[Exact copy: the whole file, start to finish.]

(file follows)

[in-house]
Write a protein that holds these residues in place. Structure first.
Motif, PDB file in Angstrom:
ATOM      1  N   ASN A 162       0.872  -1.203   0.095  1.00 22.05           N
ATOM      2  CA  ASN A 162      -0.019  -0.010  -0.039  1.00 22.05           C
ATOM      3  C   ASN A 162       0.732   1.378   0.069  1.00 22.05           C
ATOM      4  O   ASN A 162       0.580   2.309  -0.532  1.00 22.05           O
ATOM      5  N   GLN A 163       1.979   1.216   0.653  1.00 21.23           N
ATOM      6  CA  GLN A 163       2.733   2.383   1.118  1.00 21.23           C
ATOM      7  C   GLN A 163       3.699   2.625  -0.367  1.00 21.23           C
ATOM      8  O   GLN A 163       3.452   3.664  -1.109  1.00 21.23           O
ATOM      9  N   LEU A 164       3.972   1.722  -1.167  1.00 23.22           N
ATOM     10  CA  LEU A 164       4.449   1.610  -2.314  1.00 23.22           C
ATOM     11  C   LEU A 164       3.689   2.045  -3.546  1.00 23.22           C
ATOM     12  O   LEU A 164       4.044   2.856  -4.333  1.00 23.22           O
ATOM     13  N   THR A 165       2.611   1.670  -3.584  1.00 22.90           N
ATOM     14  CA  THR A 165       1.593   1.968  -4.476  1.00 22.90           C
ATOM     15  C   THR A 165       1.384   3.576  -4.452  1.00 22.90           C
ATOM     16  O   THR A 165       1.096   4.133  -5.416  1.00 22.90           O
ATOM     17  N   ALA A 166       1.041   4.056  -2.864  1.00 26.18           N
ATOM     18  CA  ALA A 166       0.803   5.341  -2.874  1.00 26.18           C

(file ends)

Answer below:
[in-house]
Write a protein that holds these residues in place. Structure first.
Motif, PDB file in Angstrom:
ATOM      1  N   ASN A 162       0.872  -1.203   0.095  1.00 22.05           N
ATOM      2  CA  ASN A 162      -0.019  -0.010  -0.039  1.00 22.05           C
ATOM      3  C   ASN A 162       0.732   1.378   0.069  1.00 22.05           C
ATOM      4  O   ASN A 162       0.580   2.309  -0.532  1.00 22.05           O
ATOM      5  N   GLN A 163       1.979   1.216   0.653  1.00 21.23           N
ATOM      6  CA  GLN A 163       2.733   2.383   1.118  1.00 21.23           C
ATOM      7  C   GLN A 163       3.699   2.625  -0.367  1.00 21.23           C
ATOM      8  O   GLN A 163       3.452   3.664  -1.109  1.00 21.23           O
ATOM      9  N   LEU A 164       3.972   1.722  -1.167  1.00 23.22           N
ATOM     10  CA  LEU A 164       4.449   1.610  -2.314  1.00 23.22           C
ATOM     11  C   LEU A 164       3.689   2.045  -3.546  1.00 23.22           C
ATOM     12  O   LEU A 164       4.044   2.856  -4.333  1.00 23.22           O
ATOM     13  N   THR A 165       2.611   1.670  -3.584  1.00 22.90           N
ATOM     14  CA  THR A 165       1.593   1.968  -4.476  1.00 22.90           C
ATOM     15  C   THR A 165       1.384   3.576  -4.452  1.00 22.90           C
ATOM     16  O   THR A 165       1.096   4.133  -5.416  1.00 22.90           O
ATOM     17  N   ALA A 166       1.041   4.056  -2.864  1.00 26.18           N
ATOM     18  CA  ALA A 166       0.803   5.341  -2.874  1.00 26.18           C